The PJ Tatler

GOP Alternative VA Bill Offers Flexibility for Vets to see Private Doctors

Four Republican Senators have introduced an alternative bill to a Democratic plan to offer some vets the ability to see doctors outside of the VA system. The Republican plan is far more expansive and gives vets more options — especially if they live a great distance from a VA facility.


Associated Press:

McCain and the other GOP senators said their bill would make it easier for veterans to get care. It would direct all 150 VA hospitals to publish on their websites the current wait time for an appointment and require the VA to establish a public database of patient safety, quality of care and outcomes at each hospital.

Veterans who can’t get a VA appointment within 30 days or who live at least 40 miles from a VA clinic or hospital could go to any doctor who participates in Medicare or the military’s TRICARE program. The bill is co-sponsored by Republican Sens. Jeff Flake of Arizona, Tom Coburn of Oklahoma and Richard Burr of North Carolina. Burr is the senior Republican on the veterans panel.

“I’ve always believed that veterans could choose and should choose” their doctors, McCain said. He added that he first proposed private care for veterans during his 2008 presidential bid. “Give these veterans a choice card so they can present it to the health care provider,” he said Tuesday.

Sen. Bernie Sanders, I-Vt., chairman of the Senate Veterans Affairs Committee, proposed legislation this week that would allow veterans who can’t get timely appointments with VA doctors to go to community health centers, military hospitals or private doctors. The bill also would authorize the VA to lease 27 new health facilities in 18 states and give the VA secretary authority to remove senior executives within 30 days of being fired for poor job performance, eliminating lengthy appeals.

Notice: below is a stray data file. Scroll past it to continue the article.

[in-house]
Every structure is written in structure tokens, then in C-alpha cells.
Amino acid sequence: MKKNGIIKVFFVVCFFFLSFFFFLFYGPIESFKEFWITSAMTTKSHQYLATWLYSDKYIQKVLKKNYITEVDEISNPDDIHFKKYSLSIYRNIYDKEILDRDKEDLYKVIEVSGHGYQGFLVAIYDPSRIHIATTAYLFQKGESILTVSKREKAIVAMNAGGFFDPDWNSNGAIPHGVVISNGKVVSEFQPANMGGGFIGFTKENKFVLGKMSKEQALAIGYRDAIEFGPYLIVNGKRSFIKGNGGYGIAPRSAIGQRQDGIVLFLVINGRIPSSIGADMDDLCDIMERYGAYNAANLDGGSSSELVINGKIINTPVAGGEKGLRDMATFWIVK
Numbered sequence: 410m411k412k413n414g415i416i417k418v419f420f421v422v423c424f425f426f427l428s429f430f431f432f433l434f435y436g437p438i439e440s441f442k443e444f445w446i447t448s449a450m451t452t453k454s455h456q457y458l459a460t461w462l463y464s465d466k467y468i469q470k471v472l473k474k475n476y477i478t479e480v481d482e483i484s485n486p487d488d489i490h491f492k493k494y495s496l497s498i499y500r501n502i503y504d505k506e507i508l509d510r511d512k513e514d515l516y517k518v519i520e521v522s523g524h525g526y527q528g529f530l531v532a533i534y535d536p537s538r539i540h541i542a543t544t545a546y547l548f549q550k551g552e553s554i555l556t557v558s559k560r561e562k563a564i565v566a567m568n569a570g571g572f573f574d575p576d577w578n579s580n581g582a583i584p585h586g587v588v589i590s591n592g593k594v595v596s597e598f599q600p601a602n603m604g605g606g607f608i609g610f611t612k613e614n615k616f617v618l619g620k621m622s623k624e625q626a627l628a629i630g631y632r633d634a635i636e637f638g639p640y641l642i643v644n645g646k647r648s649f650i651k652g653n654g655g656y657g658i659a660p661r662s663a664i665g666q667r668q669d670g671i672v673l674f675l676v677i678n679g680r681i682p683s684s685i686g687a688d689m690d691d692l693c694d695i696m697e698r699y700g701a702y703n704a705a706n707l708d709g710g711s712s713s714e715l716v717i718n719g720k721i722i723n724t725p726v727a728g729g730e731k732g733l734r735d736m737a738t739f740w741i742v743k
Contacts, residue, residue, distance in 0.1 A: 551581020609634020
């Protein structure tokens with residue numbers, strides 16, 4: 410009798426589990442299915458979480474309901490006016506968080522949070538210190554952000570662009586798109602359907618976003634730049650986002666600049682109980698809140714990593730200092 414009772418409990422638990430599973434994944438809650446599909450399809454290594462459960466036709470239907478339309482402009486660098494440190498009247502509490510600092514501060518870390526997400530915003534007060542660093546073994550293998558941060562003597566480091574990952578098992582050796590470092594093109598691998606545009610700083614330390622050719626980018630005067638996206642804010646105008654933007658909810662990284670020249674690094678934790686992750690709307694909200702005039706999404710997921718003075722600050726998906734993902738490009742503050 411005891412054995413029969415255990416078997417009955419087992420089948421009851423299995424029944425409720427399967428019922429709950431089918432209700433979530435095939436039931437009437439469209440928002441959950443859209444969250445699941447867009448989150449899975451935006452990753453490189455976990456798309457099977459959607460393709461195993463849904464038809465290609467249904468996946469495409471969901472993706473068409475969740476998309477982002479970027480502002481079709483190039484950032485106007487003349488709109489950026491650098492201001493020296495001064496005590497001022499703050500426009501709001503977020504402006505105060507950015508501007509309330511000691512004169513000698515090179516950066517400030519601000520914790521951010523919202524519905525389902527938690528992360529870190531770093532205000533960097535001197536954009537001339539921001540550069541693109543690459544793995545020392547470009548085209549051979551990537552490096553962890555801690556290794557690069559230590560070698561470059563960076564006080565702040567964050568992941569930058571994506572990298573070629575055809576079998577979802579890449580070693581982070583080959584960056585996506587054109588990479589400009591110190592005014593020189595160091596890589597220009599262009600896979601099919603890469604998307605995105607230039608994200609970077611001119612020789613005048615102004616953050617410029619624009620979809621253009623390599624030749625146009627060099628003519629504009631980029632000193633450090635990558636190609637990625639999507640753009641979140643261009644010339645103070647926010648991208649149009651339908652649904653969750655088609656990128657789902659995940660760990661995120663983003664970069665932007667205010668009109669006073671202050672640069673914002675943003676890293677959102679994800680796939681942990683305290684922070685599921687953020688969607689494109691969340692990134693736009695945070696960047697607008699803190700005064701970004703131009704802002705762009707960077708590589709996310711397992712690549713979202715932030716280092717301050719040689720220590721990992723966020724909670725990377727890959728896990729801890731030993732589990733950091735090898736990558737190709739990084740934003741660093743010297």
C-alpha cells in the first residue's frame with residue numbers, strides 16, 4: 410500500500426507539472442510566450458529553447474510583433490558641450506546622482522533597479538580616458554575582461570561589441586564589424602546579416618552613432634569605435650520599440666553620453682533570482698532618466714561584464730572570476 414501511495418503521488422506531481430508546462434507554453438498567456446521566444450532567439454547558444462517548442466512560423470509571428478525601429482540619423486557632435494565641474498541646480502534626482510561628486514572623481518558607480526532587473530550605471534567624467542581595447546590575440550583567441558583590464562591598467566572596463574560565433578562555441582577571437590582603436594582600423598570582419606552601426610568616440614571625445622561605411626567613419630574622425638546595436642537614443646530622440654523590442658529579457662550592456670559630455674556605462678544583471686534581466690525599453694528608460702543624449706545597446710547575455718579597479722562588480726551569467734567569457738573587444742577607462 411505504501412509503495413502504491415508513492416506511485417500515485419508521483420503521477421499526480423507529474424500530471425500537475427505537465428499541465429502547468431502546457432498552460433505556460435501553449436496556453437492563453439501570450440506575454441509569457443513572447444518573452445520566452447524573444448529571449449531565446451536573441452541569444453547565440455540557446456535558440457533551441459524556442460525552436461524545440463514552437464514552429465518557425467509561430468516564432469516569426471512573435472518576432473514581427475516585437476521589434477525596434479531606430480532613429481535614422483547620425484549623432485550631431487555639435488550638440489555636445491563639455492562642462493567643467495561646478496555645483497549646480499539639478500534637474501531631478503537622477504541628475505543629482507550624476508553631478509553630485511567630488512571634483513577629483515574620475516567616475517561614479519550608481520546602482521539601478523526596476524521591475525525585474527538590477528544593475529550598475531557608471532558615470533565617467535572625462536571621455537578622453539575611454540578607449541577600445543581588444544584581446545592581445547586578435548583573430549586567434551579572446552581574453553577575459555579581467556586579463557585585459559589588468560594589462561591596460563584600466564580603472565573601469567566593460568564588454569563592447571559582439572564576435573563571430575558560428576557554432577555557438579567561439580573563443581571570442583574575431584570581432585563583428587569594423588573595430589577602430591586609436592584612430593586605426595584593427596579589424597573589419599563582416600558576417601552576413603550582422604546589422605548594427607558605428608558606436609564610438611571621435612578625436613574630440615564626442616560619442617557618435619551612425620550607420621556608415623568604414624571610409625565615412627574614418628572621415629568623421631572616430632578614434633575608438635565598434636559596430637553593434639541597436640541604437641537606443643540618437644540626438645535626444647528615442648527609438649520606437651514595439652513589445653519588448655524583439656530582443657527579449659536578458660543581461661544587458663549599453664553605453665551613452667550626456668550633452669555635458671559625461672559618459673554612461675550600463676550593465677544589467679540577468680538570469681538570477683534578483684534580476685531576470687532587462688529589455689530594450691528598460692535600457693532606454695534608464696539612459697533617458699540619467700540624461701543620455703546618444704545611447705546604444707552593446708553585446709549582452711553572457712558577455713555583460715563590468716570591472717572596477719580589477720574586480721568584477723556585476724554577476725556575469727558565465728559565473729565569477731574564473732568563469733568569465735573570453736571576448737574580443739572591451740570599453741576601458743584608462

The House passed a similar bill last month, but Sanders said he worried that version would allow “wholesale political firings” and even dismissal of whistleblowers.


With both parties in both the Senate and the House in agreement that veterans must be given the option of some kind of private care, it seems likely that this welcome change to VA rules is coming soon. The GOP plan appears more expansive and takes into account time and distance, as well as offering our veterans vital information on the VA websites pertaining to wait times and quality of care.

You want to say it’s about time something was done about this. But then you remember getting the Leviathan to change its ways is akin to pulling hen’s teeth. Only the white-hot pressure of public indignation over the treatment of our veterans could cause these basic, common sense changes at the VA.

You wish it would be easier.

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